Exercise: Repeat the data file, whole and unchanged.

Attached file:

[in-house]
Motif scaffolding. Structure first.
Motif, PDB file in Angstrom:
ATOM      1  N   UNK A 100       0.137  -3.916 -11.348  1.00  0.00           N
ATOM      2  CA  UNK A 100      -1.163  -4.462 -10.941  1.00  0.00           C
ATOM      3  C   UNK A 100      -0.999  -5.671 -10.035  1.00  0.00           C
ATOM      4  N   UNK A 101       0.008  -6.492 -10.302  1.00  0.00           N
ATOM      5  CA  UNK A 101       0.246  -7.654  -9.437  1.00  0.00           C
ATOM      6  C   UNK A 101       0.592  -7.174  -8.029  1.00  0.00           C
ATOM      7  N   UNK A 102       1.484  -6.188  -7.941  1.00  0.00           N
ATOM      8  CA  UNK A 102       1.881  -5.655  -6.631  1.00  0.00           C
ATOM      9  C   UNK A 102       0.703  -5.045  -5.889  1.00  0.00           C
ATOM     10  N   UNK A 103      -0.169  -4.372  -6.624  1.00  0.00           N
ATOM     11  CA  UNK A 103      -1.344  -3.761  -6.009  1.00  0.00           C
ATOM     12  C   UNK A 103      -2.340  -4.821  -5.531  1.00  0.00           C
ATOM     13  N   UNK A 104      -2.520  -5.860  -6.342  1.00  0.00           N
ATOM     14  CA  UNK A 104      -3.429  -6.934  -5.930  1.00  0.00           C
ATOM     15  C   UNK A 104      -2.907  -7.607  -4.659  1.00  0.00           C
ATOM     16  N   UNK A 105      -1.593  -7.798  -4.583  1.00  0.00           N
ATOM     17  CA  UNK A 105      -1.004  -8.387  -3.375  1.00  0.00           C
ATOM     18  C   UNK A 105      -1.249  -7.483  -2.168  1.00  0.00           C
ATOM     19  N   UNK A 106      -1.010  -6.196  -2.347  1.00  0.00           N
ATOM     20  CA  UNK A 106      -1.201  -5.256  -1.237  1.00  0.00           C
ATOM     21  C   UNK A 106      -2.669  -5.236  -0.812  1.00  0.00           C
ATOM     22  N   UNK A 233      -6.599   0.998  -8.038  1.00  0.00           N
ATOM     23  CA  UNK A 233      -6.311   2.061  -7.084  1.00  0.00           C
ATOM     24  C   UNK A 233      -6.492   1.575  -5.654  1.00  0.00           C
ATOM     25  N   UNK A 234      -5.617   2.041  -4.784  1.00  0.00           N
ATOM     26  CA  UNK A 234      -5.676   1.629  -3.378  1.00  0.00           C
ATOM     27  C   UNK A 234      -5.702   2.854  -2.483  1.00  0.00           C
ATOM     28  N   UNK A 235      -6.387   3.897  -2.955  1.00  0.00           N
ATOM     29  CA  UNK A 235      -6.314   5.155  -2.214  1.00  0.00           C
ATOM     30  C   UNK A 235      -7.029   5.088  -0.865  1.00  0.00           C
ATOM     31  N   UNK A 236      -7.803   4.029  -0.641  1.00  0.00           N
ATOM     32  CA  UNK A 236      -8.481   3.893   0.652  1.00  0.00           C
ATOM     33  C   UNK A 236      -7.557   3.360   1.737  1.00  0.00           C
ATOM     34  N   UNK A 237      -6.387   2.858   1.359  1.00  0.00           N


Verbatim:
[in-house]
Motif scaffolding. Structure first.
Motif, PDB file in Angstrom:
ATOM      1  N   UNK A 100       0.137  -3.916 -11.348  1.00  0.00           N
ATOM      2  CA  UNK A 100      -1.163  -4.462 -10.941  1.00  0.00           C
ATOM      3  C   UNK A 100      -0.999  -5.671 -10.035  1.00  0.00           C
ATOM      4  N   UNK A 101       0.008  -6.492 -10.302  1.00  0.00           N
ATOM      5  CA  UNK A 101       0.246  -7.654  -9.437  1.00  0.00           C
ATOM      6  C   UNK A 101       0.592  -7.174  -8.029  1.00  0.00           C
ATOM      7  N   UNK A 102       1.484  -6.188  -7.941  1.00  0.00           N
ATOM      8  CA  UNK A 102       1.881  -5.655  -6.631  1.00  0.00           C
ATOM      9  C   UNK A 102       0.703  -5.045  -5.889  1.00  0.00           C
ATOM     10  N   UNK A 103      -0.169  -4.372  -6.624  1.00  0.00           N
ATOM     11  CA  UNK A 103      -1.344  -3.761  -6.009  1.00  0.00           C
ATOM     12  C   UNK A 103      -2.340  -4.821  -5.531  1.00  0.00           C
ATOM     13  N   UNK A 104      -2.520  -5.860  -6.342  1.00  0.00           N
ATOM     14  CA  UNK A 104      -3.429  -6.934  -5.930  1.00  0.00           C
ATOM     15  C   UNK A 104      -2.907  -7.607  -4.659  1.00  0.00           C
ATOM     16  N   UNK A 105      -1.593  -7.798  -4.583  1.00  0.00           N
ATOM     17  CA  UNK A 105      -1.004  -8.387  -3.375  1.00  0.00           C
ATOM     18  C   UNK A 105      -1.249  -7.483  -2.168  1.00  0.00           C
ATOM     19  N   UNK A 106      -1.010  -6.196  -2.347  1.00  0.00           N
ATOM     20  CA  UNK A 106      -1.201  -5.256  -1.237  1.00  0.00           C
ATOM     21  C   UNK A 106      -2.669  -5.236  -0.812  1.00  0.00           C
ATOM     22  N   UNK A 233      -6.599   0.998  -8.038  1.00  0.00           N
ATOM     23  CA  UNK A 233      -6.311   2.061  -7.084  1.00  0.00           C
ATOM     24  C   UNK A 233      -6.492   1.575  -5.654  1.00  0.00           C
ATOM     25  N   UNK A 234      -5.617   2.041  -4.784  1.00  0.00           N
ATOM     26  CA  UNK A 234      -5.676   1.629  -3.378  1.00  0.00           C
ATOM     27  C   UNK A 234      -5.702   2.854  -2.483  1.00  0.00           C
ATOM     28  N   UNK A 235      -6.387   3.897  -2.955  1.00  0.00           N
ATOM     29  CA  UNK A 235      -6.314   5.155  -2.214  1.00  0.00           C
ATOM     30  C   UNK A 235      -7.029   5.088  -0.865  1.00  0.00           C
ATOM     31  N   UNK A 236      -7.803   4.029  -0.641  1.00  0.00           N
ATOM     32  CA  UNK A 236      -8.481   3.893   0.652  1.00  0.00           C
ATOM     33  C   UNK A 236      -7.557   3.360   1.737  1.00  0.00           C
ATOM     34  N   UNK A 237      -6.387   2.858   1.359  1.00  0.00           N